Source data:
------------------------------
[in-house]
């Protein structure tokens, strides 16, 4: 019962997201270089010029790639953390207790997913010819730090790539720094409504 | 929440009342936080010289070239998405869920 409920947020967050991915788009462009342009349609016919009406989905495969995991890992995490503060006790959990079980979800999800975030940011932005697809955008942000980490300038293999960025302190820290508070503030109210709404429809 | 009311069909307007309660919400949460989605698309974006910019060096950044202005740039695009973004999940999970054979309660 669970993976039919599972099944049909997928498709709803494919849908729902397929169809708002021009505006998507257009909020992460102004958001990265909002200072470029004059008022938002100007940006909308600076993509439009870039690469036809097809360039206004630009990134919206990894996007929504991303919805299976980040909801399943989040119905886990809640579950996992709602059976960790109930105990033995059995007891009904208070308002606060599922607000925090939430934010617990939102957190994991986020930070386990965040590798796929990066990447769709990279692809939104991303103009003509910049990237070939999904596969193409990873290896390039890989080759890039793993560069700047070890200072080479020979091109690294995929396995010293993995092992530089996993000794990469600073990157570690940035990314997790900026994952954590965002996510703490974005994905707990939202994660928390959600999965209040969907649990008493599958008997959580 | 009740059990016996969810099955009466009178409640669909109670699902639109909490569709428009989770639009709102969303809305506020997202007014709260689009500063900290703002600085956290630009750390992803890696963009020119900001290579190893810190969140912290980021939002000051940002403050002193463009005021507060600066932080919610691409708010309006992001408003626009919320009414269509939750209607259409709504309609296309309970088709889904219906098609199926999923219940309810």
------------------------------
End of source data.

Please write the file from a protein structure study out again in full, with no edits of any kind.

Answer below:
[in-house]
């Protein structure tokens, strides 16, 4: 019962997201270089010029790639953390207790997913010819730090790539720094409504 | 929440009342936080010289070239998405869920 409920947020967050991915788009462009342009349609016919009406989905495969995991890992995490503060006790959990079980979800999800975030940011932005697809955008942000980490300038293999960025302190820290508070503030109210709404429809 | 009311069909307007309660919400949460989605698309974006910019060096950044202005740039695009973004999940999970054979309660 669970993976039919599972099944049909997928498709709803494919849908729902397929169809708002021009505006998507257009909020992460102004958001990265909002200072470029004059008022938002100007940006909308600076993509439009870039690469036809097809360039206004630009990134919206990894996007929504991303919805299976980040909801399943989040119905886990809640579950996992709602059976960790109930105990033995059995007891009904208070308002606060599922607000925090939430934010617990939102957190994991986020930070386990965040590798796929990066990447769709990279692809939104991303103009003509910049990237070939999904596969193409990873290896390039890989080759890039793993560069700047070890200072080479020979091109690294995929396995010293993995092992530089996993000794990469600073990157570690940035990314997790900026994952954590965002996510703490974005994905707990939202994660928390959600999965209040969907649990008493599958008997959580 | 009740059990016996969810099955009466009178409640669909109670699902639109909490569709428009989770639009709102969303809305506020997202007014709260689009500063900290703002600085956290630009750390992803890696963009020119900001290579190893810190969140912290980021939002000051940002403050002193463009005021507060600066932080919610691409708010309006992001408003626009919320009414269509939750209607259409709504309609296309309970088709889904219906098609199926999923219940309810």